And worse than that, it still spent $147 million on marketing expenses in Q3 even after cutting it by 62%. This represents 88% of its gross profit -- an exorbitant amount of money if it ever hopes to be profitable. And let's be clear: It's not even close to profitability, having used $344 million on operating activities in Q3 alone.

Turning to GoPro, it's not struggling in the same way as ContextLogic. In fact, the company has proven it can sell cameras for a profit -- excluding a tax benefit, the company has a $38 million profit through the first three quarters of 2021. The problem is that there's been a demonstrable limit to how many cameras it can sell in a year. As my colleague Travis Hoium points out, GoPro's sales peaked in 2018 at 4.3 million cameras. To mix metaphors, it's the top dog in a small pond.

GoPro's management has tried to exercise optionality -- that desirable trait of finding new revenue streams. But between a failed media business, a drone project, and 360 cameras, nothing has caught on. Some might point to the growth in its subscription business, but these annual memberships are included with certain camera purchases, placing an asterisk on these numbers. In short, GoPro has a solid business, but it doesn't seem like it can grow into something bigger and more rewarding for shareholders.

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Buy and hold Zynga

In my opinion, ContextLogic and GoPro are good examples of so-called cheap stocks that aren't worth buying. But if you're still keen on buying a stock with a low price per share, consider Zynga. Its long-term prospects are much stronger.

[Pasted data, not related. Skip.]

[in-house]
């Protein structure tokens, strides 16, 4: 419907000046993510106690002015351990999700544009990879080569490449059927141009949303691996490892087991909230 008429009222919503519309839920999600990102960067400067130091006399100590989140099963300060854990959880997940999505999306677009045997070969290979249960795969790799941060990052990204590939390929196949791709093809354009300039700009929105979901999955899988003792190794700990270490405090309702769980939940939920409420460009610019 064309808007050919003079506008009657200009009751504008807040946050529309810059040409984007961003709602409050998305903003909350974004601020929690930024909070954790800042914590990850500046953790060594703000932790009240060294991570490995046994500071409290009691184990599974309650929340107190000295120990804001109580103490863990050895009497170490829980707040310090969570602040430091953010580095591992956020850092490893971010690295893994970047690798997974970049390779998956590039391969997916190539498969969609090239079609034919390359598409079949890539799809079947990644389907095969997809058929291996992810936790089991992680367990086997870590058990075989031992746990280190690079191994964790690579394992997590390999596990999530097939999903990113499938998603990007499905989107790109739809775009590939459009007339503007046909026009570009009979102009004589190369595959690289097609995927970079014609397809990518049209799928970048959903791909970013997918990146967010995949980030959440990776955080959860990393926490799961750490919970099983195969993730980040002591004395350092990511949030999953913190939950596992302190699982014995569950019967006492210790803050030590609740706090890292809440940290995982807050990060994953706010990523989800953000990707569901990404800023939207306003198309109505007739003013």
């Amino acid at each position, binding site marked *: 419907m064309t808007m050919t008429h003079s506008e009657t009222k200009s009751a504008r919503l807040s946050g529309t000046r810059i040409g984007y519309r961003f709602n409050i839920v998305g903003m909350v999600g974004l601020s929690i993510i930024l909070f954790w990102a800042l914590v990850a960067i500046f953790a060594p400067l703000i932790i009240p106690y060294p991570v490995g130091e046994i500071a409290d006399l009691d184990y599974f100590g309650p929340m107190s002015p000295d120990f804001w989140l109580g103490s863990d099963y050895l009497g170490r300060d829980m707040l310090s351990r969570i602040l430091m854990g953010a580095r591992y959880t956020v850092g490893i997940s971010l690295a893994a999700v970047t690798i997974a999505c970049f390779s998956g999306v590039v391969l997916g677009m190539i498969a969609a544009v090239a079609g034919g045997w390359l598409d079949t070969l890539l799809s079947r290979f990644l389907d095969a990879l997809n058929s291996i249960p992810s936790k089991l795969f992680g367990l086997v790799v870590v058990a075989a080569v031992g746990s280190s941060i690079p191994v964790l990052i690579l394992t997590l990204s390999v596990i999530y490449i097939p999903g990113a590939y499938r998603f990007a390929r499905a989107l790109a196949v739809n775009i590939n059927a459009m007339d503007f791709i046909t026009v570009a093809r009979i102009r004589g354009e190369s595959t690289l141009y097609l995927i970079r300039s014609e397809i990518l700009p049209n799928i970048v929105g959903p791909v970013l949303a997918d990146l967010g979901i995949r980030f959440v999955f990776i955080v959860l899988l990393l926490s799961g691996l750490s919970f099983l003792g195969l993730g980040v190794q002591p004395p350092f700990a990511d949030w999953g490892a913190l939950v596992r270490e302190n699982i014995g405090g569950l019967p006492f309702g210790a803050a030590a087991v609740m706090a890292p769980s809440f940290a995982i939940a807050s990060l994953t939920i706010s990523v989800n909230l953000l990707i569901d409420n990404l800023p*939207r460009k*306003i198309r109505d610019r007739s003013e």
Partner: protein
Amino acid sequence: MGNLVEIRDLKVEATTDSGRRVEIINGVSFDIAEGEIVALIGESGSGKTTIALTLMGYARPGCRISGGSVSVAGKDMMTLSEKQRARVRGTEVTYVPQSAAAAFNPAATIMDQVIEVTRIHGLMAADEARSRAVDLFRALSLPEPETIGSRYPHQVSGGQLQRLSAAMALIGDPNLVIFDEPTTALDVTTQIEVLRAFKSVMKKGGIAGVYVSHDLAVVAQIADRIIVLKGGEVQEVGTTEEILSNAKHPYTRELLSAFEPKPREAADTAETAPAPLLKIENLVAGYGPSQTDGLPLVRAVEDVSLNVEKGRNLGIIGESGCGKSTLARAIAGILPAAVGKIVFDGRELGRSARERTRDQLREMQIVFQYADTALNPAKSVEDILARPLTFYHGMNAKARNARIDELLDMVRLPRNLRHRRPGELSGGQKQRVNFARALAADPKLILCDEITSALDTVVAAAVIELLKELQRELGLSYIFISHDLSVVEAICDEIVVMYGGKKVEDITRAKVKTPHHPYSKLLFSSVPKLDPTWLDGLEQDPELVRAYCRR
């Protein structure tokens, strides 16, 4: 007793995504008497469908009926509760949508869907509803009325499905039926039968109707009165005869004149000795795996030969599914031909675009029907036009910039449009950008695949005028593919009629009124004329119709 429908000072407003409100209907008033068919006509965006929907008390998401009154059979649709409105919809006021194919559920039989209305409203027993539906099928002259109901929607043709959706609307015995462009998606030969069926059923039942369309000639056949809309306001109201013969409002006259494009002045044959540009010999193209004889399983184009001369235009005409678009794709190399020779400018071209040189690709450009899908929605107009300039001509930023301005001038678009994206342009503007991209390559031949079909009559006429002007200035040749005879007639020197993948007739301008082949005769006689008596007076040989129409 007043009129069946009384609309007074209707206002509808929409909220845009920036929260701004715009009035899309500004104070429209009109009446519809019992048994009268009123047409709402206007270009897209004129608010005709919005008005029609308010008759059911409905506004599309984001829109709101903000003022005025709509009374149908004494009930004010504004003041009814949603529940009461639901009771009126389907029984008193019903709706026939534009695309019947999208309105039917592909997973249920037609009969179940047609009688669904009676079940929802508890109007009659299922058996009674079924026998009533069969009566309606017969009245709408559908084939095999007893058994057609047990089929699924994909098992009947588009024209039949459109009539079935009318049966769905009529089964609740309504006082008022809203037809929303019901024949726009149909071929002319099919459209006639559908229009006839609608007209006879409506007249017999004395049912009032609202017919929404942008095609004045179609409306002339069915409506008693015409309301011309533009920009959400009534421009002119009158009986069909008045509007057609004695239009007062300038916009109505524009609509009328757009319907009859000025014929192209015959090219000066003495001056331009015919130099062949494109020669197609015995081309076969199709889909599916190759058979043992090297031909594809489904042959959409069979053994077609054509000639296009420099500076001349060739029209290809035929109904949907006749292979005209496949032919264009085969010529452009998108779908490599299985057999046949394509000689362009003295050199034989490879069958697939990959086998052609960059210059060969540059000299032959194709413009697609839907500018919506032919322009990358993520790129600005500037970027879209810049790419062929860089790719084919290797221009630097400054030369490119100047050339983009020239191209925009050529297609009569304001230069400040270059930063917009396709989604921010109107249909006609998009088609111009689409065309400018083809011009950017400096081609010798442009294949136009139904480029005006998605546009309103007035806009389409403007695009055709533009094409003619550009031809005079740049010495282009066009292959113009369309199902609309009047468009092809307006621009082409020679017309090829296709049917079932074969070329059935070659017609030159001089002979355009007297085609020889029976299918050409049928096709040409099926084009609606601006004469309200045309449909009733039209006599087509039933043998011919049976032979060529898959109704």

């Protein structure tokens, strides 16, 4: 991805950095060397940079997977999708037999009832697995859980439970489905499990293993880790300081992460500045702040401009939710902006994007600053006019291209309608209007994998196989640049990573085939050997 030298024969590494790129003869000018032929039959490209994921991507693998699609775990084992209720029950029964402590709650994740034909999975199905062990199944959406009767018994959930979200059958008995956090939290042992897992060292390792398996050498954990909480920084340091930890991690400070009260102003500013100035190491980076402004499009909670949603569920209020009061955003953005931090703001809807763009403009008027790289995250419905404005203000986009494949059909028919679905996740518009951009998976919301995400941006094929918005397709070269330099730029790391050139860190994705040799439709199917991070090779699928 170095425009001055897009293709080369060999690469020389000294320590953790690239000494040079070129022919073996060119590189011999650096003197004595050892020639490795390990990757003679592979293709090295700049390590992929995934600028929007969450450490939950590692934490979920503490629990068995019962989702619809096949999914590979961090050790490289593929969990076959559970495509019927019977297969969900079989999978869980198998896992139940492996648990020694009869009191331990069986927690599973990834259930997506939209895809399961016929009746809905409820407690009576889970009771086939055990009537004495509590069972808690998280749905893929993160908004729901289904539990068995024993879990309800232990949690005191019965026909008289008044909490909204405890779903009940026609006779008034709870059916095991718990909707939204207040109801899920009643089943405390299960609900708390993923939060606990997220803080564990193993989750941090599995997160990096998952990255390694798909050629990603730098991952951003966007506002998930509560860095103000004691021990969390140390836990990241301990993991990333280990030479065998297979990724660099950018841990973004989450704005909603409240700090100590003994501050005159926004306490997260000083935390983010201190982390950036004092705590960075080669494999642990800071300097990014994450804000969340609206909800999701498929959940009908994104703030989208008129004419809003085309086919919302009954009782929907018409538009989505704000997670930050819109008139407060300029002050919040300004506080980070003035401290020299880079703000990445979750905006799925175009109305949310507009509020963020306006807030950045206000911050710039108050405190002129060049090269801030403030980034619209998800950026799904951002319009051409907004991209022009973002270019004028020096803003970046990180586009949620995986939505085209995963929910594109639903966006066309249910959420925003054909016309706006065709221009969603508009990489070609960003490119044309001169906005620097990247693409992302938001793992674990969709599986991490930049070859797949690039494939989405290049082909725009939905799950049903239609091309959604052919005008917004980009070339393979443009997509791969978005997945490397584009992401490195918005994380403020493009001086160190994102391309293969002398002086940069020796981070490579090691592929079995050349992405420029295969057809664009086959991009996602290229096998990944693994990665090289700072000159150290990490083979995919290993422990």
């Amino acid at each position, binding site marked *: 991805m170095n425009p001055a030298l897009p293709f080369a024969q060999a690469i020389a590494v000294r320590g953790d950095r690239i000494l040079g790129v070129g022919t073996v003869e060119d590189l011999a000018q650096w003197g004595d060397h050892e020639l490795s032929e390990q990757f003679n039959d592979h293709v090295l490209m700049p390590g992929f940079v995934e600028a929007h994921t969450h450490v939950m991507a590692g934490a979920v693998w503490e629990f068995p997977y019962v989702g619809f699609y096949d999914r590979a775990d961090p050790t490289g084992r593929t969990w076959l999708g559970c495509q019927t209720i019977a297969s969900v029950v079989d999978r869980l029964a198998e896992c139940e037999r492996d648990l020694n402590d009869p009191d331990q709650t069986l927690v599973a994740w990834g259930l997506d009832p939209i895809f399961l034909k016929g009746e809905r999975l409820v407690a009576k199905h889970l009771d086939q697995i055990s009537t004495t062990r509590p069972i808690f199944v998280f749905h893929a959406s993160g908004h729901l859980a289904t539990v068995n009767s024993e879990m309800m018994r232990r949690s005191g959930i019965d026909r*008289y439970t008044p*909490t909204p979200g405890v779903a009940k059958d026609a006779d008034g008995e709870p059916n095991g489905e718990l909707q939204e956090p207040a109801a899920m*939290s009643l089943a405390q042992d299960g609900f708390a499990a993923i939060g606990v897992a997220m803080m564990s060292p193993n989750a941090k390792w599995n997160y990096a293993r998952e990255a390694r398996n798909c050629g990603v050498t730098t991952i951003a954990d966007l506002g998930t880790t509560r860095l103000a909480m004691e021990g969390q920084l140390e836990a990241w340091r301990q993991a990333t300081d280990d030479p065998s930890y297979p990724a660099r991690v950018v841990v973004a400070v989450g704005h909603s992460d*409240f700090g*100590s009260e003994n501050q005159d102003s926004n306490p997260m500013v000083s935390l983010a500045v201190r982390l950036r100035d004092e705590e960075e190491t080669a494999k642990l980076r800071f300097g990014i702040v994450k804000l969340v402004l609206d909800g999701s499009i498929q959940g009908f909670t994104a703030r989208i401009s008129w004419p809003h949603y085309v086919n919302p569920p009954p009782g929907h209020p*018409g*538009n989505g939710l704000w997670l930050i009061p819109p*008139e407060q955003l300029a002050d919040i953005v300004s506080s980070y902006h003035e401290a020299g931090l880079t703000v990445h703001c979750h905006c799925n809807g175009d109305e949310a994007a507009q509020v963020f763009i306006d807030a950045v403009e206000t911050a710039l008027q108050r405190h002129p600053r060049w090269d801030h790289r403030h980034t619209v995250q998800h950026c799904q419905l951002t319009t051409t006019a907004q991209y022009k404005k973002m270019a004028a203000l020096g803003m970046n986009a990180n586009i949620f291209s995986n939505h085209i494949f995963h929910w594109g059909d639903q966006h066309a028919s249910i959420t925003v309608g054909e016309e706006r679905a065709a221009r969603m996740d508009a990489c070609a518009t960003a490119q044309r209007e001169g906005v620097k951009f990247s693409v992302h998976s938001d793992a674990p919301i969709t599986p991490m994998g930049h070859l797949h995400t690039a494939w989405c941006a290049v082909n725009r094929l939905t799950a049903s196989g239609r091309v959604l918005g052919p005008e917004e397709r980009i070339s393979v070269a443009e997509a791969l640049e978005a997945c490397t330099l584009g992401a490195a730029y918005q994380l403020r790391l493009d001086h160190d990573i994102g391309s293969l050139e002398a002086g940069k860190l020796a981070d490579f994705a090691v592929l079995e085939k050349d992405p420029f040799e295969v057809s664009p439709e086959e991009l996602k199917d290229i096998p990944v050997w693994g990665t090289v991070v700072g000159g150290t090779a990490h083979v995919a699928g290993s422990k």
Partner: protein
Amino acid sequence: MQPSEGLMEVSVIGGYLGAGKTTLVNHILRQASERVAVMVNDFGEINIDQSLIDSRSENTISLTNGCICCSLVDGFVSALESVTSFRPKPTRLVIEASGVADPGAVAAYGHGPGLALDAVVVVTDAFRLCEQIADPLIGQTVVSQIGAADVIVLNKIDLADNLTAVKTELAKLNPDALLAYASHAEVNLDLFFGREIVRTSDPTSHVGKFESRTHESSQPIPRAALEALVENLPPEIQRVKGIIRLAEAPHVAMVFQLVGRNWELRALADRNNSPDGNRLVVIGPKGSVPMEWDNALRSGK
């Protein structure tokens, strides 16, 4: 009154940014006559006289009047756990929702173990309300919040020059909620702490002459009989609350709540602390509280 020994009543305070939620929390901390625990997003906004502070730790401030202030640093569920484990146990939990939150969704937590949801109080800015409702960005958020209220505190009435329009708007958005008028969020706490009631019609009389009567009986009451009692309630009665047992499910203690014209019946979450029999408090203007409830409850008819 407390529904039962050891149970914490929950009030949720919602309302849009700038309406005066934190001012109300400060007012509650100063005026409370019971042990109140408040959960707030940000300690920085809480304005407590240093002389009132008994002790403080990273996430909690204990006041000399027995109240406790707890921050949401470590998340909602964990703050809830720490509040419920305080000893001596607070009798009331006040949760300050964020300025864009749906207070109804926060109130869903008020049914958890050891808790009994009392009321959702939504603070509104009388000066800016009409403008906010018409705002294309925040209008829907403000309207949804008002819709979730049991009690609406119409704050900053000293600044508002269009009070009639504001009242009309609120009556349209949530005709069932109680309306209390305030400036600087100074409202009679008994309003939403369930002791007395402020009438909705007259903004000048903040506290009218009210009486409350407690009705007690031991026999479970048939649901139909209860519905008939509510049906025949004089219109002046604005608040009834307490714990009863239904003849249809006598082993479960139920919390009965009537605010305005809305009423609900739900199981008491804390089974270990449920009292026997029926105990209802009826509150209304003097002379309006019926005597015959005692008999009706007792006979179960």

According to mobile app data company SensorTower, mobile games accounted for almost 66% of spending on Apple's App Store in 2020 and accounted for almost 83% of spending on the (Alphabet) Google Play Store. Therefore, mobile gaming is a huge market opportunity -- and one that mobile game developer Zynga is increasingly capturing. In the third quarter of 2021, the company generated record revenue and bookings, resulting in strong operating cash flow of nearly $100 million.

With its strong cash flow, Zynga has been busy acquiring more market share. In recent months it's acquired other gaming studios to grow its top line. And it also acquired an advertising-technology company called Chartboost. Chartboost should help Zynga navigate changes to third-party user data while simultaneously growing its advertising revenue stream. 

There's more that could be said, but suffice it to say that Zynga is well positioned to profit from a large and growing market. For this reason, I believe Robinhood investors are making a smart choice by making it a top 100 stock. And it's one that investors can still buy today for a chance at market-beating returns over the long term.

This article represents the opinion of the writer, who may disagree with the “official” recommendation position of a Motley Fool premium advisory service. We’re motley! Questioning an investing thesis -- even one of our own -- helps us all think critically about investing and make decisions that help us become smarter, happier, and richer.